Hidden cameras rolled out to snare poachers
Published 09/01/2012 | 05:00
COVERT mobile cameras are being rolled out along the State's rivers and lakes in a bid to clamp down on poaching.
The state-of-the-art CCTV equipment is being introduced for the first time following a successful pilot scheme launched in north Dublin last month, the Irish Independent has learned.
Inland Fisheries Ireland (IFI), which is operating the scheme, said the technology will help its officers respond more effectively to incidents of poaching.
"Primarily we want these cameras to be covert and we don't want people taking too much notice of them, so they can do their job without being broken," a spokeswoman said.
"It's really about working smarter, getting the best use of our resources because they are reducing all the time.
"We get lots of reports and we try to investigate all of them, but it's not always possible to get the right evidence or somebody might mistake what they're looking at. So this will be to verify what they're looking at."
Ireland has over 70,000km of rivers and streams and 144,000 hectares of lakes, all of which fall under the jurisdiction of IFI.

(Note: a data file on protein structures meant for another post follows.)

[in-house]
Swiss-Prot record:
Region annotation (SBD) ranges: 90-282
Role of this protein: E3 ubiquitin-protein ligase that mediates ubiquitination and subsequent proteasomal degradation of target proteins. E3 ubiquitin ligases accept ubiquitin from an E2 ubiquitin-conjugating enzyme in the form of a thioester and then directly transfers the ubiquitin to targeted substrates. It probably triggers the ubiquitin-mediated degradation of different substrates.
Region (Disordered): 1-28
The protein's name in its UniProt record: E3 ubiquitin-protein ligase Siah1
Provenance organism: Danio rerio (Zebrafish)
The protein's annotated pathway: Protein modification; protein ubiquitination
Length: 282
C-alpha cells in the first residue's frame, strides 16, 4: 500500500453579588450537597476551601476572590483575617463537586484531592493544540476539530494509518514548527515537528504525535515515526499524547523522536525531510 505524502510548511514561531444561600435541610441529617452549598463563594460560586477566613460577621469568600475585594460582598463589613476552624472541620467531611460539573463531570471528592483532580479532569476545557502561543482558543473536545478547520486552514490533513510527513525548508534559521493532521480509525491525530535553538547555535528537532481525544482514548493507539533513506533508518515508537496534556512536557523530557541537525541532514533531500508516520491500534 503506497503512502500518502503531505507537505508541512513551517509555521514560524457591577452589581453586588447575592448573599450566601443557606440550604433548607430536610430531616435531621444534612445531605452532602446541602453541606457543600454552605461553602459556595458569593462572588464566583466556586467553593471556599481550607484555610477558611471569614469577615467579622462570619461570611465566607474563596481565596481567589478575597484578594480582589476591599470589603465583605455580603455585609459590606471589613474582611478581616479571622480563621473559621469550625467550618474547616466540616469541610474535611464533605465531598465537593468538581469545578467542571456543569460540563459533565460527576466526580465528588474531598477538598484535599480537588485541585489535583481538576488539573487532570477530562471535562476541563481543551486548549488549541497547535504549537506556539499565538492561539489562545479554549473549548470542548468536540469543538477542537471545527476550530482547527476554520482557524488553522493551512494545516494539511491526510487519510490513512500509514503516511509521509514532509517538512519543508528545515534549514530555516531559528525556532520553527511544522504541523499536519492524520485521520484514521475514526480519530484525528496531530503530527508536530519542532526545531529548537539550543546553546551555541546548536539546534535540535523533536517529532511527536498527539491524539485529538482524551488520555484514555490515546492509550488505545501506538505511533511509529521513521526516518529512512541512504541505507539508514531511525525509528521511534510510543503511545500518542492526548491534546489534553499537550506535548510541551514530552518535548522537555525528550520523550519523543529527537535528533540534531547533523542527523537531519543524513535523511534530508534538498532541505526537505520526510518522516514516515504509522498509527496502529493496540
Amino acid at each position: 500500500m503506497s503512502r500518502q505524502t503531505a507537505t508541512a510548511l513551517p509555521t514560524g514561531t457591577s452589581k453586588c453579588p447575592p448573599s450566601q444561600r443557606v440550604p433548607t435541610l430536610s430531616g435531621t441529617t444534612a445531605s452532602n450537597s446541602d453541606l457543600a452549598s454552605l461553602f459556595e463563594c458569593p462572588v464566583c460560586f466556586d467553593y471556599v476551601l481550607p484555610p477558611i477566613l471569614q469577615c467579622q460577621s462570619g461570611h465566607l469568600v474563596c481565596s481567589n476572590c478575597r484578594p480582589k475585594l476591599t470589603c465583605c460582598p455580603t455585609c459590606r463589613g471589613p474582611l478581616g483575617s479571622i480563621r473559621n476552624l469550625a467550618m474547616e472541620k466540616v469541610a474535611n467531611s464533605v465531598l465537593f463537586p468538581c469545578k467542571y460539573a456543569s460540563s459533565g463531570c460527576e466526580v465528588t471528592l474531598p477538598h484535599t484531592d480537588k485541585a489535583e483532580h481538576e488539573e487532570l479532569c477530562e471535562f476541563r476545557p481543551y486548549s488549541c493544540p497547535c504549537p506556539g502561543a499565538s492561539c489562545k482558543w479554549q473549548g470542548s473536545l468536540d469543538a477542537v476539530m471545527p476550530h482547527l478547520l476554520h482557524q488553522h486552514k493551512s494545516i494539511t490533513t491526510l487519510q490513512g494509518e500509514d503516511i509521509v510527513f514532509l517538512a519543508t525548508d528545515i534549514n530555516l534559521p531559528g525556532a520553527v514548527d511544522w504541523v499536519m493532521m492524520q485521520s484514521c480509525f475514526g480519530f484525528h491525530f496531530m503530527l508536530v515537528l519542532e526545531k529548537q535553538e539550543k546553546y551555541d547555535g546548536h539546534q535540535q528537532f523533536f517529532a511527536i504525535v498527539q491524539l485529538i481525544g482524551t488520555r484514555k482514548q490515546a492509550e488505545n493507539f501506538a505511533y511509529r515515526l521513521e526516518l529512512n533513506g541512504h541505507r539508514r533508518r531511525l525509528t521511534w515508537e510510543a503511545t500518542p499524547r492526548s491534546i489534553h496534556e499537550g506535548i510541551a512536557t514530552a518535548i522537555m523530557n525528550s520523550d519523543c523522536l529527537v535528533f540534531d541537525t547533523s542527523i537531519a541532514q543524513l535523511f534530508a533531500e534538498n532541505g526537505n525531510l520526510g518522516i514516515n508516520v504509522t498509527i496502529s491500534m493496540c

The plan is to introduce up to four units initially. The CCTV will be state-of-the-art and small to evade detection; mobile to be moved from various locations; equipped with motion detection, and battery powered.
But the IFI declined to give any further details of how they will be moved around for fear they will be spotted and vandalised by poachers.
The equipment will also be capable of having the recorded images downloaded in real-time so that IFI enforcement officers will be able to view them on smartphones or laptops and respond immediately if poaching is detected.
IFI set up a 24-hour hotline in 2010, and around 402 calls were received between January of last year and the end of September. The semi-state body, which was established in July 2010 after the amalgamation of the Central Fisheries Board and the seven Regional Fisheries Boards, initiated almost 170 prosecutions for poaching in its first six months.
In one case in Monaghan, a defendant was given a six-month jail sentence for illegal coarse fishing on Lough Ramor; while fines of €2,200 were given to three individuals for illegal coarse fishing in another case.
Total prosecution figures for 2011 are not yet available.
The hotline number is 1850 34 74 24.